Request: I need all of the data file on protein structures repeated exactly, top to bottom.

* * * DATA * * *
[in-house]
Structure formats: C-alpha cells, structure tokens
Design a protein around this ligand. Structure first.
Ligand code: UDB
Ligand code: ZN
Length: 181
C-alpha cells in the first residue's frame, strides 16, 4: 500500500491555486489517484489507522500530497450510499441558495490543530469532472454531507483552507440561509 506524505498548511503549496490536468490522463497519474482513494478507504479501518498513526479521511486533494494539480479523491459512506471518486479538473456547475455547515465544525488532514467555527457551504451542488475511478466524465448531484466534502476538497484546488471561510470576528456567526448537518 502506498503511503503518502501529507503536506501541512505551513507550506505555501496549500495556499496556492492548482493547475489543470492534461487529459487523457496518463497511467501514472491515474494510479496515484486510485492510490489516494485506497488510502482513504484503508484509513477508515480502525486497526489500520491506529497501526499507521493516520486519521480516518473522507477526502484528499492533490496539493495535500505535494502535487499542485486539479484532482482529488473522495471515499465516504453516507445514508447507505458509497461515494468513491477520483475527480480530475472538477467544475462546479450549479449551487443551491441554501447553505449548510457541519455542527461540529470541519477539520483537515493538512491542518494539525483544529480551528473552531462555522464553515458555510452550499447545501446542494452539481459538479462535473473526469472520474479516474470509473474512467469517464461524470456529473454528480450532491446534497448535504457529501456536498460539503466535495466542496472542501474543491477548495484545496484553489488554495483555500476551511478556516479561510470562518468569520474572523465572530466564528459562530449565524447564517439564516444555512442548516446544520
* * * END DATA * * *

[in-house]
Structure formats: C-alpha cells, structure tokens
Design a protein around this ligand. Structure first.
Ligand code: UDB
Ligand code: ZN
Length: 181
C-alpha cells in the first residue's frame, strides 16, 4: 500500500491555486489517484489507522500530497450510499441558495490543530469532472454531507483552507440561509 506524505498548511503549496490536468490522463497519474482513494478507504479501518498513526479521511486533494494539480479523491459512506471518486479538473456547475455547515465544525488532514467555527457551504451542488475511478466524465448531484466534502476538497484546488471561510470576528456567526448537518 502506498503511503503518502501529507503536506501541512505551513507550506505555501496549500495556499496556492492548482493547475489543470492534461487529459487523457496518463497511467501514472491515474494510479496515484486510485492510490489516494485506497488510502482513504484503508484509513477508515480502525486497526489500520491506529497501526499507521493516520486519521480516518473522507477526502484528499492533490496539493495535500505535494502535487499542485486539479484532482482529488473522495471515499465516504453516507445514508447507505458509497461515494468513491477520483475527480480530475472538477467544475462546479450549479449551487443551491441554501447553505449548510457541519455542527461540529470541519477539520483537515493538512491542518494539525483544529480551528473552531462555522464553515458555510452550499447545501446542494452539481459538479462535473473526469472520474479516474470509473474512467469517464461524470456529473454528480450532491446534497448535504457529501456536498460539503466535495466542496472542501474543491477548495484545496484553489488554495483555500476551511478556516479561510470562518468569520474572523465572530466564528459562530449565524447564517439564516444555512442548516446544520